Using Snellen optotypes, best-corrected visual acuity was recorded and transformed into Logarithm of the Minimum Angle of Resolution scaled values, with higher values indicative of worse visual acuity, for each participant with Wolfram syndrome as described in Hoekel et al. (2014). Normal visual acuity is 20/20 (logMAR = 0, no loss of visual acuity). Color vision was assessed using Hardy-Rand-Rittler as described in Hoekel et al. (2014). The normal color vision score (number correct) is 51–52. In a study of a subset (n = 18) of the participants currently described, mean (range) vision acuity was 20/60 (20/2000–20/20) and color vision score was 13.2 (0–51), with 89 and 94% of individuals with Wolfram syndrome having subnormal visual acuity and deficits in color vision, respectively (Hoekel et al., 2014).
Smell identification was assessed with the University of Pennsylvania Smell Identification Test (Doty et al., 1984) as described in Alfaro et al. (2020). Briefly, participants were asked to scratch and sniff stimuli with microencapsulated odorants and indicate which of four response alternatives best matched the perceived odor. Higher scores indicate more accurate smell identification. Relative to age-matched healthy controls and individuals with Type 1 diabetes, a sample (n = 40) including most of the individuals with Wolfram syndrome in the current study had less accurate smell identification (Alfaro et al., 2020).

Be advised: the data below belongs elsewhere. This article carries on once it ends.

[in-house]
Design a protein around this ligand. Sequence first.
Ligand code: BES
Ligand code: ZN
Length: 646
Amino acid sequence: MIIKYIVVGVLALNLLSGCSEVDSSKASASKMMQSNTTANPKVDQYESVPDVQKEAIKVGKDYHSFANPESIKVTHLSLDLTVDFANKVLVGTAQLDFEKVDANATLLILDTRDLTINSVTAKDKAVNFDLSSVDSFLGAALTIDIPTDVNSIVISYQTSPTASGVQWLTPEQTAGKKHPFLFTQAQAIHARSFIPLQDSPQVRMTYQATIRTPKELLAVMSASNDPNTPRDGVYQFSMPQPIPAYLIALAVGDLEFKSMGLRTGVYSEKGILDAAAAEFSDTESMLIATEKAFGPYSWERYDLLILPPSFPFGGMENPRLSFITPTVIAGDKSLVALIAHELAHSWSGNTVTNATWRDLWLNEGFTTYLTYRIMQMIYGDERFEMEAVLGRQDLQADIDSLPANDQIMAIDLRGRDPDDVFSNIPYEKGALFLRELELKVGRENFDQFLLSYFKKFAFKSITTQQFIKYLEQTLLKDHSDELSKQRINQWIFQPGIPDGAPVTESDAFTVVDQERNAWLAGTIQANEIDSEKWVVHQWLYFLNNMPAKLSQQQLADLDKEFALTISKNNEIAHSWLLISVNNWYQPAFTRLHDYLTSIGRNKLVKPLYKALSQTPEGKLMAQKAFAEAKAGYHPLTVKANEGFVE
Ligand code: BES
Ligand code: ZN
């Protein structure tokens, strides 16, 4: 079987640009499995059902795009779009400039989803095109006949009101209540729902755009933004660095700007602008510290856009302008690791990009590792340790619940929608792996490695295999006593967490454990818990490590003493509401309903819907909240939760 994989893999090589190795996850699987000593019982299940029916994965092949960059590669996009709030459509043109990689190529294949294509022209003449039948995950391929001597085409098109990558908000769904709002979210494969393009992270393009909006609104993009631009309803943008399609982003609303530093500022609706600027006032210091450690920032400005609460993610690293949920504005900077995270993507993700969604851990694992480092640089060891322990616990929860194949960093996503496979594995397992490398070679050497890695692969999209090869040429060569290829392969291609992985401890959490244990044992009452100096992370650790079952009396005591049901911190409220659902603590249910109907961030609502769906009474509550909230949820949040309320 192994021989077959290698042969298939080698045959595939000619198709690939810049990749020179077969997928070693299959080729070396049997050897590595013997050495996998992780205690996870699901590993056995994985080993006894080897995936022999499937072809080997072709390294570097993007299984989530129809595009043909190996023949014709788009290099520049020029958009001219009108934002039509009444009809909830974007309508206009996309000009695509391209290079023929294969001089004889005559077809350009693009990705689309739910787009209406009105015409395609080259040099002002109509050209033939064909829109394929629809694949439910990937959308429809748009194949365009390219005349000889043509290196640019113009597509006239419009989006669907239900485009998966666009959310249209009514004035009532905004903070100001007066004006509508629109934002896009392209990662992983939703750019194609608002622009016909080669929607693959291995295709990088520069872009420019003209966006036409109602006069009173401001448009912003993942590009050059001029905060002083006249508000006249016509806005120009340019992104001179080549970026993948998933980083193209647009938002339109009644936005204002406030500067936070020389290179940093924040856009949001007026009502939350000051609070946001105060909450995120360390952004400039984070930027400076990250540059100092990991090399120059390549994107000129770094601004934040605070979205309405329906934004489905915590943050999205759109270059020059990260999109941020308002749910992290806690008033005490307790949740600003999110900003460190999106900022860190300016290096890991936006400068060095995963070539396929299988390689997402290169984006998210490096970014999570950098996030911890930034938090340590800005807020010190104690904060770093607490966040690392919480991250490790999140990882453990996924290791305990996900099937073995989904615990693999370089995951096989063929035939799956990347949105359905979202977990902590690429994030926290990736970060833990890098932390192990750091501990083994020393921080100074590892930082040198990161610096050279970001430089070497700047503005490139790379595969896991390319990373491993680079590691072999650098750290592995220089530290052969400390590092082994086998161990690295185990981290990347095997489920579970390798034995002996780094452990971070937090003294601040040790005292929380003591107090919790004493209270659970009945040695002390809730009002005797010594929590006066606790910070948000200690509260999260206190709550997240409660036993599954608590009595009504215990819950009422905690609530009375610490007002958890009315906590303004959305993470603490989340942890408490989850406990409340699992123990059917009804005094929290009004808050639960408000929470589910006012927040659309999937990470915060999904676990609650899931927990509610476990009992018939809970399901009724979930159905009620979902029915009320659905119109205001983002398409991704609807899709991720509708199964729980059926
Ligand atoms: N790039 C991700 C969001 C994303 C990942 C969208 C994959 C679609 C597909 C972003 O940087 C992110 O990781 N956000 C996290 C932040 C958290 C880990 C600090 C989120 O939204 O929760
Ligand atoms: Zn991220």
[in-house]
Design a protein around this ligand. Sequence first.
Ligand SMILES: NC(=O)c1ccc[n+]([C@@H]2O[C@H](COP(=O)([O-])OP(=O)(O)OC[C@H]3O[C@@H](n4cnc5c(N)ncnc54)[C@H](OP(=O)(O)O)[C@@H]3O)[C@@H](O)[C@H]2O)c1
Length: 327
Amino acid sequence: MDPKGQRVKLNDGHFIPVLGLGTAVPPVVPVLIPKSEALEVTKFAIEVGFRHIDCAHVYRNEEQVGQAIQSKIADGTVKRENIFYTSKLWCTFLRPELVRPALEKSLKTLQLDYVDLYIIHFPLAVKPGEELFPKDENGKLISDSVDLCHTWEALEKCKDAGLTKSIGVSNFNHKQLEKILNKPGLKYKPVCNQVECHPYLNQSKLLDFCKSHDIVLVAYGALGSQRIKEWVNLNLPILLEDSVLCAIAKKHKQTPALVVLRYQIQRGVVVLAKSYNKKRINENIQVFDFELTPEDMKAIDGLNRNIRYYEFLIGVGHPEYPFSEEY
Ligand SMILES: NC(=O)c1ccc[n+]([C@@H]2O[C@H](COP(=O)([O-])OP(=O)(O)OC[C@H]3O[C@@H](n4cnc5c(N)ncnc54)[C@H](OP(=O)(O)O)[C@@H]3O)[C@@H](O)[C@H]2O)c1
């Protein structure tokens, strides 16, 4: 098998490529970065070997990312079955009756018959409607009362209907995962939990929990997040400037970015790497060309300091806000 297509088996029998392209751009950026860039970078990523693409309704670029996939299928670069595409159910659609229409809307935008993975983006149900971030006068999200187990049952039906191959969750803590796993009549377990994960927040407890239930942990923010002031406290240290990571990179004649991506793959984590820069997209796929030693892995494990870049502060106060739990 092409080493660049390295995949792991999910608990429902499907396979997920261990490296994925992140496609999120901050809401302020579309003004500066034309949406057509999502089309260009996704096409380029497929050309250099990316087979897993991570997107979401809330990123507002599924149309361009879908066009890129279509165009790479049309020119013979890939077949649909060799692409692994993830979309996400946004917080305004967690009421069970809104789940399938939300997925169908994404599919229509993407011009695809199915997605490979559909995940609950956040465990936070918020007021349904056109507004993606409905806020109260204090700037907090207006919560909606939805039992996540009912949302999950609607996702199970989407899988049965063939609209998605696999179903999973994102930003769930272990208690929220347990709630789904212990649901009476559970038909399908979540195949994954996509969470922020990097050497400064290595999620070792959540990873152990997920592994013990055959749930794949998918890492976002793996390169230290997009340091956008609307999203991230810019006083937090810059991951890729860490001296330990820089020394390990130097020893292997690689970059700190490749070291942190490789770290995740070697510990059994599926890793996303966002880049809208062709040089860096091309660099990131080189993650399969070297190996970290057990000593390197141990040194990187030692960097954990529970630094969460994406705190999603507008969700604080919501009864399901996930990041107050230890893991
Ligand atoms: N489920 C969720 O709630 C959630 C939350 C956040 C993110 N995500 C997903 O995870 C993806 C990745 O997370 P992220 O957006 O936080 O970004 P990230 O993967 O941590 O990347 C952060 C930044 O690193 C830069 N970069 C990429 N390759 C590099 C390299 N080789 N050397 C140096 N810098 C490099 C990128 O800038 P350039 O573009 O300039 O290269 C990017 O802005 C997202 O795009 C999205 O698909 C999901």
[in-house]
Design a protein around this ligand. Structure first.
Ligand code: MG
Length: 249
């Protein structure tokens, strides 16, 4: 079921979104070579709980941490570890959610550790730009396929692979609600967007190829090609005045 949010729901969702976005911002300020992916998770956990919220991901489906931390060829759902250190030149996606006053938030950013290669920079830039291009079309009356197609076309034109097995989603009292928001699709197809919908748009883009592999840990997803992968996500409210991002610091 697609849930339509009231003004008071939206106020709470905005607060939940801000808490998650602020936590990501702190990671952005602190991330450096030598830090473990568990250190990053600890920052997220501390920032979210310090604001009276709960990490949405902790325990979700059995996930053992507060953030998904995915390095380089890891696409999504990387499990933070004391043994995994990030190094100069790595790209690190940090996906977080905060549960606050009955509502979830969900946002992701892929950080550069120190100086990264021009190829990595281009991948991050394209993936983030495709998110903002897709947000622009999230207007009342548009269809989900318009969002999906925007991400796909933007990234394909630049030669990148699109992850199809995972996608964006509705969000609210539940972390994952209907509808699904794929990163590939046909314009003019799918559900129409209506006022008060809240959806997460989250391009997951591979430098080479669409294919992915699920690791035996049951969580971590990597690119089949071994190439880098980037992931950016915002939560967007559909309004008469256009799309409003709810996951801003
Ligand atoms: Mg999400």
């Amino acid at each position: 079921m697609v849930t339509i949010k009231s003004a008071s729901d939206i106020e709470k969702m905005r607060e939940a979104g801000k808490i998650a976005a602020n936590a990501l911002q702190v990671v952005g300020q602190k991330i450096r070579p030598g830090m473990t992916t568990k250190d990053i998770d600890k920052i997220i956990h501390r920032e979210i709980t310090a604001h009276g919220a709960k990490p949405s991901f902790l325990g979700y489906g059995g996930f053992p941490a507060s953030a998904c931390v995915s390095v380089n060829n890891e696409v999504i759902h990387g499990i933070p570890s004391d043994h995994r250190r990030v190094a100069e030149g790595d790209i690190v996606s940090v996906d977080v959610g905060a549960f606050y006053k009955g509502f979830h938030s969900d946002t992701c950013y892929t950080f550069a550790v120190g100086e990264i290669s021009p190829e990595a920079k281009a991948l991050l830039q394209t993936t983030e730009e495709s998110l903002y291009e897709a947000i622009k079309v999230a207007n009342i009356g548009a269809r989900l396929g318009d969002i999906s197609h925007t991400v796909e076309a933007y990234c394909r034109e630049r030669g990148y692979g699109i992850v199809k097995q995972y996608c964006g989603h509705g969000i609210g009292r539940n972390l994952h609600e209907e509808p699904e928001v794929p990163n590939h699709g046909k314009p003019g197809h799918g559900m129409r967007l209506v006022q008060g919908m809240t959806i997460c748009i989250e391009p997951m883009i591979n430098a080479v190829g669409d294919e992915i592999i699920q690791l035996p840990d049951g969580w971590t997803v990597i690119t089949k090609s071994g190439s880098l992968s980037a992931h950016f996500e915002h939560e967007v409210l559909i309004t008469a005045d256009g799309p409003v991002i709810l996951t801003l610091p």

Regional Brain Volumes
Regional brain volumes in each participant with Wolfram syndrome were obtained from MRI scans as described in Lugar et al. (2019). Briefly, individuals with Wolfram syndrome underwent MRI scans on a Siemens 3T Tim Trio at the Center for Clinical Imaging Research at Washington University. The analyses described here include data obtained from T1-weighted Magnetization-Prepared Rapid Gradient-Echo (MPRAGE) sequences. Regional brain volumes were determined using Freesurfer 5.3 (Fischl et al., 2002), averaged between left and right hemispheres and corrected for total ICV by dividing regional brain volume by estimated total intracranial volume (Buckner et al., 2004) and scaling the quotient by 1,400,000 mm3, an approximately average eTIV. A priori regions of interest were selected for analyses based on previous findings of decreased volume over time in a Wolfram patient study sample (n = 29), including most of the individuals with Wolfram syndrome described in the current study, compared to controls including ventral pons, brainstem, cerebellar cortex, and thalamus (Lugar et al., 2019).